For all the cliches about young folk being glued to screens, or the mirror-image hipster ‘New Luddite’ push to bring back old forms of media, some recently published data actually suggests that Millennials (that is, young people whose formative years were in the 00’s) are showing a fairly even mix of habits when it comes to how they read.
The data comes from Publishing Technology, a ‘publishing content solutions’ company based in the UK and North America. They partnered with polling agency OnePoll to carry out a survey of 1,000 millennials in the UK and the same number in the US, all aged between 18-34 years. All statistics mentioned in this article will refer to the UK data, and you can see the entire study here.
E-reading Devices are Not Dead. Probably.
There were some surprises in this data. Fully 52% of the UK respondents reported owning a dedicated e-reading device (predominantly but not exclusively Kindles), and 62% used some sort of e-reading service/platform. The actual usage mix is harder to survey, and likely quite varied, but certainly the high proportion of dedicated e-reader device ownership does not automatically mean these are the devices being primarily used for reading.
Indeed, other data we’ve seen this year has suggested a strong current away from dedicated e-reading devices and toward reading on smartphones and tablets, which would constitute part of the aforementioned 62% overall figure. So a lot of those dedicated e-reading devices might be languishing in drawers.
This means that in 2015, 38% of people under 35 are exclusively reading paper books (or no books at all). And while 62% reading ebooks sounds a plausible proportion, it’s not an exclusive number, and 64% report having read at least one print book this year. It looks like for millennials there is no strong preference one way or the other. They are mixing media.
In the wider market there are a lot of different sales trends for print and ebooks depending on genre, demographic and various other factors, but overall, print still sells more than digital in most categories, and the swing toward ebooks that had long seemed both exponential and inevitable is by most accounts slowing. Yet, if this data is to be believed, in the long term the shift may have some further movement still to come.
Interestingly, a notable proportion of the young people surveyed said the price of ebooks was the main barrier preventing them from buying and reading more electronically. 36% said they’d buy a greater number of ebooks if there were more price promotions, which suggests life in the belief that digital goods should cost less than their physical counterparts – a belief that has also had an effect on the music and video industries.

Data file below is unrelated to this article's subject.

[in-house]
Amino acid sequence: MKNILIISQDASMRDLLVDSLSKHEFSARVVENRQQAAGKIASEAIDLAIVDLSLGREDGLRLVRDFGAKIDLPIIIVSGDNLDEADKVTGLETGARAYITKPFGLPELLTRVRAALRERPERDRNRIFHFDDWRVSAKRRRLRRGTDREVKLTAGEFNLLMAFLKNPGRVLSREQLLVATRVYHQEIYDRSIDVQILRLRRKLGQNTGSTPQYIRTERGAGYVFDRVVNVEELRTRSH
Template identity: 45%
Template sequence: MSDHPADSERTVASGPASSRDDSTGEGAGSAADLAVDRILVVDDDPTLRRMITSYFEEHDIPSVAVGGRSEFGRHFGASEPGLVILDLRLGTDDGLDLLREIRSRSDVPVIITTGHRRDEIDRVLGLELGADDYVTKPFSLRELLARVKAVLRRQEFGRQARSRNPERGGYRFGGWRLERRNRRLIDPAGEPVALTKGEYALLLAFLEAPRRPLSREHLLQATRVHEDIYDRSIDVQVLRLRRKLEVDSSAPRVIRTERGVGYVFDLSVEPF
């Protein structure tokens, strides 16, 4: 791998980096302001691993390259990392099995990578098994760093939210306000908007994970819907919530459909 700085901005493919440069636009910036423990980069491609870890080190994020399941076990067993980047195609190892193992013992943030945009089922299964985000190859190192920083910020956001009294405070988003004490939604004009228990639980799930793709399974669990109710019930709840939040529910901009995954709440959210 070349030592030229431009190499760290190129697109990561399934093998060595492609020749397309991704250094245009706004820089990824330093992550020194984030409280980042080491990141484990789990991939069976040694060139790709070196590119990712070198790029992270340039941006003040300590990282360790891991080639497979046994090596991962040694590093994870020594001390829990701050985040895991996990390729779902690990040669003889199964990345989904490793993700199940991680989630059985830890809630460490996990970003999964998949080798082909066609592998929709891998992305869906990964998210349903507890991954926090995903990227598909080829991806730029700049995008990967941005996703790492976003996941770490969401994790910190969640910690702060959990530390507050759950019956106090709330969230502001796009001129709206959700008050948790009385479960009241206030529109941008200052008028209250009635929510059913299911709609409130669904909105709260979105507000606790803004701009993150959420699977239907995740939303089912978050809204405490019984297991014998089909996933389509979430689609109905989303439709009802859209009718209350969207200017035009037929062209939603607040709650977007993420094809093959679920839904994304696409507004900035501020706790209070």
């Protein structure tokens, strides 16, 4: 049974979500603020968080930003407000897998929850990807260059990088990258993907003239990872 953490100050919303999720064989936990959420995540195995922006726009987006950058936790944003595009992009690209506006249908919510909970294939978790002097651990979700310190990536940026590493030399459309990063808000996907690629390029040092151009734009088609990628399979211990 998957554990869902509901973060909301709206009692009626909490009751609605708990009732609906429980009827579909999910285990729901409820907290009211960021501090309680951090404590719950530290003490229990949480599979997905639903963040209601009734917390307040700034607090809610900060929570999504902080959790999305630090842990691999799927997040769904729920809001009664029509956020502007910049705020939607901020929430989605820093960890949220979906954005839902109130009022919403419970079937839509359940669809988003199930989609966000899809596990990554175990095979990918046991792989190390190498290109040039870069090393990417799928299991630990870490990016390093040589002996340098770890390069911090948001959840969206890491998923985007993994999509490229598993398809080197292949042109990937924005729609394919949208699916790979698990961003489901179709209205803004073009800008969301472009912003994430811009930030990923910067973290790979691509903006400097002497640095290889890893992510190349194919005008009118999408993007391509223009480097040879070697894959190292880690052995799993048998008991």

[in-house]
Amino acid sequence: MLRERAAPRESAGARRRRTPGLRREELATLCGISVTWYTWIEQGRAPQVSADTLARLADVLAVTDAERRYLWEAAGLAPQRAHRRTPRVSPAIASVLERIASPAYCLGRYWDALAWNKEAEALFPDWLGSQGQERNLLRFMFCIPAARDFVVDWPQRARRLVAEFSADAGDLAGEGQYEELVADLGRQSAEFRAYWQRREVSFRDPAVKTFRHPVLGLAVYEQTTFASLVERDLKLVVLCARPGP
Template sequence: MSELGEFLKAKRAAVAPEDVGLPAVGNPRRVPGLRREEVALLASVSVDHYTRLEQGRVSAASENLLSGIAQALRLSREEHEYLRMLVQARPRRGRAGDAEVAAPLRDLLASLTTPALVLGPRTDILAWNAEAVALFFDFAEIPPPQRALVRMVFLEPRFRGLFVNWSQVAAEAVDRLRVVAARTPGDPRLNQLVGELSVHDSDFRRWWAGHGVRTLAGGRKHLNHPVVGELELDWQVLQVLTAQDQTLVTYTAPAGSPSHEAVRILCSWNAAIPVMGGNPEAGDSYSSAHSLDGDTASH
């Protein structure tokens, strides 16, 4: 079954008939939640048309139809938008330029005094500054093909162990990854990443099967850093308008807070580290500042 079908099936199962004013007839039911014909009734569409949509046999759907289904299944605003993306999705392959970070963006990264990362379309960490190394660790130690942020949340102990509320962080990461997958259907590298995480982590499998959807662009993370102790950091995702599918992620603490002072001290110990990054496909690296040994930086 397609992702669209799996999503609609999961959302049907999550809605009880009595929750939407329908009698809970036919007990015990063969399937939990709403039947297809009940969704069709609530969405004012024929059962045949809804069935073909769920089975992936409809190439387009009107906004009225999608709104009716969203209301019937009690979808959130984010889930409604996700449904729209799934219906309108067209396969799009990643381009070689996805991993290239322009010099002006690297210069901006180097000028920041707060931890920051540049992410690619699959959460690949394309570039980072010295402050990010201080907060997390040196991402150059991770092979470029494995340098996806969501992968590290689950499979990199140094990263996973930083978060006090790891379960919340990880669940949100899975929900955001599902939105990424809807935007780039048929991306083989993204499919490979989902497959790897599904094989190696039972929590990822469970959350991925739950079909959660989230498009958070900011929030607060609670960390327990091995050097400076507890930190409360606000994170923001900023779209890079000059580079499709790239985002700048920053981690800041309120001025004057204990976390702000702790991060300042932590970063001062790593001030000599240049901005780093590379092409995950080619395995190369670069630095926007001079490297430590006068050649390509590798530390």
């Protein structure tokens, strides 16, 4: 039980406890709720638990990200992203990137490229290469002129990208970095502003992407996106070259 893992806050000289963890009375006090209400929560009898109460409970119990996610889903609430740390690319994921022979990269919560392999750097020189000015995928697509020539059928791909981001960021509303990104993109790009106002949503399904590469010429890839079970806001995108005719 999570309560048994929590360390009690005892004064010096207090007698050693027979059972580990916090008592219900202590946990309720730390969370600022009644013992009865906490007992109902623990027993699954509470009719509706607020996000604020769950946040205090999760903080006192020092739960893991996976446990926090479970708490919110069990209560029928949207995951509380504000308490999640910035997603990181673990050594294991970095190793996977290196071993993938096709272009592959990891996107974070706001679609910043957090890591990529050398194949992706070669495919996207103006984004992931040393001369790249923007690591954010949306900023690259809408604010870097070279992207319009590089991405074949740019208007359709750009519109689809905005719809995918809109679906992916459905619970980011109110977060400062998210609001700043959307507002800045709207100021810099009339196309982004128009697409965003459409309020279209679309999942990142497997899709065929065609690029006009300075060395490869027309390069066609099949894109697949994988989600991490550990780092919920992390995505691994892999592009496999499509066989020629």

While we’re on the topic of sales, it’s interesting to note another area where print and ebook habits look broadly similar. At least in this self-reporting survey (as opposed to direct sales data), spending differences didn’t vary much, with 23% reporting that they spent more on print books than ebooks, and 18% spending more on ebooks, with 14% spending equally on each. There are no statistically significant trends here, so again, we’re looking at a fairly even mix. Somewhat less evenly, 22% reported purchasing print books exclusively, while a scant 4% stuck solely to ebooks, lower than the 6% who downloaded freely available books (we can assume a modicum of piracy in this metric). While this tells us that some 84% are not exclusively buyers of either print or ebooks, it doesn’t tell us the proportion of print vs ebooks those non-exclusive readers bought. A ‘mixed’ reader may have bought 9 ebooks and 1 print, or vice-versa.
Additionally, while the survey did look at different ereading platforms and ask which the readers used, it didn’t look at how readers potentially navigate multiple platforms and devices, which, for a generation who grew up as all these services launched, may be a significant number. Platform loyalty is not a given, and money may be spread across different e-reading platforms by the same reader.
So, what we see here is a mixed set of results, with a mild preference for print books over ebooks, but an awful lot of platform-hopping. Is there anything we can gleam from this about what to expect in the future?
Possibly, but it’s tough. People’s reading habits change as they age, and it’s likely that the younger people in this survey (18 year olds) have dramatically different habits from the ‘older’ people (34 year olds). Really, the age range in this survey is too broad for the data to be hugely instructive. The people surveyed will presumably continue to age, and their own habits will change. Data for children below this age is less watertight, as they have limited or no purchasing agency, and so we have nothing more than educated guesses at this point.
It does seem likely, though, that rather than a rising tide of ebook dominance, or a great print book revival, we are seeing a rather gentler rebalancing toward a more mixed-media future which, given changes to the music (think vinyl, not CD), TV and film industries, should not entirely surprise us.